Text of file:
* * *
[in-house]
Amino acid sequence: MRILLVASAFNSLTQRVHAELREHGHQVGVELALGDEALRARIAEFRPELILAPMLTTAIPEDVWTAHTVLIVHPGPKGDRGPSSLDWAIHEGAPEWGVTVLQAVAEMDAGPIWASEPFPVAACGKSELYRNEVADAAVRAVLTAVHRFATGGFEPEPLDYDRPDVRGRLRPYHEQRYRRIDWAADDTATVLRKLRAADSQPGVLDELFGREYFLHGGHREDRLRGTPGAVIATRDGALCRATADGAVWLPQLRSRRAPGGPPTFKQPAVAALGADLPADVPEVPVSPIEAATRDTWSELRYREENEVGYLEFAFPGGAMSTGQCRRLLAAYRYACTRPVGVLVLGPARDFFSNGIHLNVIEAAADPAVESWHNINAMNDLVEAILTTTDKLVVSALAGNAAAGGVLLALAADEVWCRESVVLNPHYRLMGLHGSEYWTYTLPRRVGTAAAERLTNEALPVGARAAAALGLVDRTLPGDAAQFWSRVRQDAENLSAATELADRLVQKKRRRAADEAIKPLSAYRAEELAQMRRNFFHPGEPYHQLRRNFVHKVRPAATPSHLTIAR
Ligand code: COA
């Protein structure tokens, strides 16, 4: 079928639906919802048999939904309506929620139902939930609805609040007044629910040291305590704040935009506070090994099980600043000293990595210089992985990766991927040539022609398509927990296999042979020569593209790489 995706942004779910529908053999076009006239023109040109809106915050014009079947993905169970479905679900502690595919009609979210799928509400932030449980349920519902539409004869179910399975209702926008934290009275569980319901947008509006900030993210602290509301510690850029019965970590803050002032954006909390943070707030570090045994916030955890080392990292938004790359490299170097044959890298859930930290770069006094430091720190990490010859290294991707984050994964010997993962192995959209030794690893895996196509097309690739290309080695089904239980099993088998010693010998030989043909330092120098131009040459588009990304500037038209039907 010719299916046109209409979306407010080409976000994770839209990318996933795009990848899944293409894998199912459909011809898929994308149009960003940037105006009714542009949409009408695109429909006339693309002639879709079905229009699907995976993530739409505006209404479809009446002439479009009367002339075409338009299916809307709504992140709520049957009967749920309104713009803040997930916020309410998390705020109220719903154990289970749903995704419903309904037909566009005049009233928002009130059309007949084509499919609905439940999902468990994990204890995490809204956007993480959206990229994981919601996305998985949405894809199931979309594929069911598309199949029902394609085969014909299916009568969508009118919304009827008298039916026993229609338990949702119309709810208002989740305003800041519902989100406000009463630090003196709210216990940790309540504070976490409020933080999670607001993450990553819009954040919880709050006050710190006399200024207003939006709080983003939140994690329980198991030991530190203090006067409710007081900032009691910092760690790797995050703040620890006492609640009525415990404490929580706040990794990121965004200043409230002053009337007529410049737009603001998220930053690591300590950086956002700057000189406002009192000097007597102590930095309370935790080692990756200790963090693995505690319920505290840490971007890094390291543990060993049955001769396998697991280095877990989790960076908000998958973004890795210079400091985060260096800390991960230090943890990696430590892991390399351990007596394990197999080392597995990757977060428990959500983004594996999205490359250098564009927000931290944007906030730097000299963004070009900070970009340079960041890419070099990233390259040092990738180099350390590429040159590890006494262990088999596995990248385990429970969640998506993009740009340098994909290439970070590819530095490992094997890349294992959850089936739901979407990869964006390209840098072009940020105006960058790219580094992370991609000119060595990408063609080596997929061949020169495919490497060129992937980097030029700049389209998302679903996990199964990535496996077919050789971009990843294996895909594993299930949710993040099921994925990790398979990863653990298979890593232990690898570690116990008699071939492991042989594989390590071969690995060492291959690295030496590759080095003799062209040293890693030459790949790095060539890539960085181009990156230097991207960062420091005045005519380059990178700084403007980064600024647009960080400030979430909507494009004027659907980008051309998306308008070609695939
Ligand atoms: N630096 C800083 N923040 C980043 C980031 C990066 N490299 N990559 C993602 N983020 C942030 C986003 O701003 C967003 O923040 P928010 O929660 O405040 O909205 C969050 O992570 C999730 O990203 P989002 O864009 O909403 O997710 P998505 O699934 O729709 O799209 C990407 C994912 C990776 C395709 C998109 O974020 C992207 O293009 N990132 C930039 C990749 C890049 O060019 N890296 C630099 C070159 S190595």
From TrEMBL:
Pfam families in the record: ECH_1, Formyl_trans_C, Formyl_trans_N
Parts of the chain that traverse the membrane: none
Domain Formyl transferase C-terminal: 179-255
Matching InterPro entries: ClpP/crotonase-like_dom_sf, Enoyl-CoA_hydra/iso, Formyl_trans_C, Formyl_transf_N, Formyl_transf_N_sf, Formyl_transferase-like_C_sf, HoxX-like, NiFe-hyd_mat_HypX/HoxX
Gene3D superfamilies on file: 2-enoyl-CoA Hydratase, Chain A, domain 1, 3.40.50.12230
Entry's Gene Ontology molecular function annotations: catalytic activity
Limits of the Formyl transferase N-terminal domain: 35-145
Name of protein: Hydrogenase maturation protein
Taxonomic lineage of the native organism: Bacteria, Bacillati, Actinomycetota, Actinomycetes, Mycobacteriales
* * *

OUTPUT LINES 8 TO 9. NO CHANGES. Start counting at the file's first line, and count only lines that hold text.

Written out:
Parts of the chain that traverse the membrane: none
Domain Formyl transferase C-terminal: 179-255